BOZEMAN -- The U.S. Department of Energy on Monday awarded $66.9 million to the Big Sky Carbon Sequestration Partnership at Montana State University to fund a project that will inject a million tons of carbon dioxide into the sandstone rock layer beneath southwestern Wyoming.
The award marks the third and final phase of federal funding for the Big Sky partnership, which is based at MSU. Approximately $14 million of the federal money will stay on the MSU campus to pay for the university's contribution to the project.
"This grant speaks to the strong science program, both research and instruction, at MSU," said MSU President Geoff Gamble, noting that the award is in line with MSU's Carnegie Foundation ranking as one of the top 96 research universities in the country.
MSU is fortunate to have the strong support of Gov. Brian Schweitzer for energy development, Gamble said during a press conference Tuesday. "He has supported our Energy Research Institute and the development of technologies related to a wide spectrum of alternative energies," Gamble said.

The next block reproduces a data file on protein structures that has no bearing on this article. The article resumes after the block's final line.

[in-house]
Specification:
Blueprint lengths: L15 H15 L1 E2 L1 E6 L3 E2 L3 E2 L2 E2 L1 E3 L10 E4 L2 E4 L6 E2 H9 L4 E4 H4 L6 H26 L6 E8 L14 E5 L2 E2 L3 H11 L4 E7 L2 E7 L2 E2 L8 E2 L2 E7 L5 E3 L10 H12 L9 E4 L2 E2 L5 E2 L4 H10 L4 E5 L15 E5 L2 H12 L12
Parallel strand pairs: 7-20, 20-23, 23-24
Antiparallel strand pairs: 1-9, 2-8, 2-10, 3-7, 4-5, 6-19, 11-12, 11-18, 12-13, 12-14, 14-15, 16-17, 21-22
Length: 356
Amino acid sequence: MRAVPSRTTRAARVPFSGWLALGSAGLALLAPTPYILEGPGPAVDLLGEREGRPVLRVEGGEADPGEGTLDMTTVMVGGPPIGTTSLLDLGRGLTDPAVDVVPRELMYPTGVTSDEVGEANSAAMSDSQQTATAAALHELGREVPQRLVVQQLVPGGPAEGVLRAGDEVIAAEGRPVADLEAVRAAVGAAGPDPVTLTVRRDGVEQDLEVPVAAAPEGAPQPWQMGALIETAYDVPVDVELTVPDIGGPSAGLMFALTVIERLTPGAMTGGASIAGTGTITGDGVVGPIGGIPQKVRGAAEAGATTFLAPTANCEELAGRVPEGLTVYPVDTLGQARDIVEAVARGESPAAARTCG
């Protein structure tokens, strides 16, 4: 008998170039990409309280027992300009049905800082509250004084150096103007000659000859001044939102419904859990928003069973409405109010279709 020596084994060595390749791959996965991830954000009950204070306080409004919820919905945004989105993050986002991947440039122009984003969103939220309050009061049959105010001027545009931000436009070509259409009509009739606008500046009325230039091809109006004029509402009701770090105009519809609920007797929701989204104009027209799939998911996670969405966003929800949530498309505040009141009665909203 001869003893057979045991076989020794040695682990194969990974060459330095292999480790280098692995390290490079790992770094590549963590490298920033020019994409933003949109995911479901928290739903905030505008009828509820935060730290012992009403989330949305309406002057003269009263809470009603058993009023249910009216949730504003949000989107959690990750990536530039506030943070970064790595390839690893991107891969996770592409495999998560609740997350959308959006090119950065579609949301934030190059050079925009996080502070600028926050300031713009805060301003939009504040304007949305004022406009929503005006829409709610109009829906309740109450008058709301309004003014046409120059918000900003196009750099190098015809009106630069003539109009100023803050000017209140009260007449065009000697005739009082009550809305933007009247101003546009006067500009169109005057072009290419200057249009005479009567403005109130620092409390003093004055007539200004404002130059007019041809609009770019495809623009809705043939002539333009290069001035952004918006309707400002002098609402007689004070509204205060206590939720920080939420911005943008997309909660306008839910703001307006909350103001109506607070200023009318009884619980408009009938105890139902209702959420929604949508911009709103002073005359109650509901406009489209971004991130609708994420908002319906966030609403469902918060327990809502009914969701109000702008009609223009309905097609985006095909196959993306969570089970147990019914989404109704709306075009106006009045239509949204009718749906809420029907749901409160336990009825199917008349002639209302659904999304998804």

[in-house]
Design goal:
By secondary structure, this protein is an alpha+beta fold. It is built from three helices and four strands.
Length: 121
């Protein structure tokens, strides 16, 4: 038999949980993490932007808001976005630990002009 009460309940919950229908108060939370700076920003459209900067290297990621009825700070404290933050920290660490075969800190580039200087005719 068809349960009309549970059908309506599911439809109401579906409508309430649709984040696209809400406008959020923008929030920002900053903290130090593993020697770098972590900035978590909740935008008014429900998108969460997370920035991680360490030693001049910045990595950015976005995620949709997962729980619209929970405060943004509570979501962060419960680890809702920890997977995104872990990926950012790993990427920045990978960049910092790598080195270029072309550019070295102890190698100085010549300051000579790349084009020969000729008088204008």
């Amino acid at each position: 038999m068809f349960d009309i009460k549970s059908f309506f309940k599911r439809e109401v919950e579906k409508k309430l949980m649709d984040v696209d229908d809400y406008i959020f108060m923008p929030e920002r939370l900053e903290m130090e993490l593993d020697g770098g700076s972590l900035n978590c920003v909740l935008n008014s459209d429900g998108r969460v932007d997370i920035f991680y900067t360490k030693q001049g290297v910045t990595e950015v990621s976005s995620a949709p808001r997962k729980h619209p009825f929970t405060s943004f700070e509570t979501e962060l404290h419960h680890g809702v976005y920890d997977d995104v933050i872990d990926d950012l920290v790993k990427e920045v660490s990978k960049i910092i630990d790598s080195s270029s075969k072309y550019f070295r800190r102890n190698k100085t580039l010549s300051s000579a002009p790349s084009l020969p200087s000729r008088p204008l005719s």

"This project is one of the most important things to the governor," said Eric Stern, senior counselor to Gov. Schweitzer. "We believe that this is the first step toward making Montana a major energy center," Stern said.
The award will allow the partnership to begin its Phase III project, a commercial-scale, eight-year carbon sequestration study that could begin as early as next year. That project will spend two years building infrastructure and drilling an 11,000-foot well into the sandstone rock layer west of Big Piney, Wyo. Then, during year's three through five of the project, the partnership will inject more than a million metric tons of CO2 into the underground formation.
Carbon dioxide is one of several greenhouse gases that scientists have linked to global climate change. Rather than let CO2 escape into the air, geologic sequestration
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Montana State University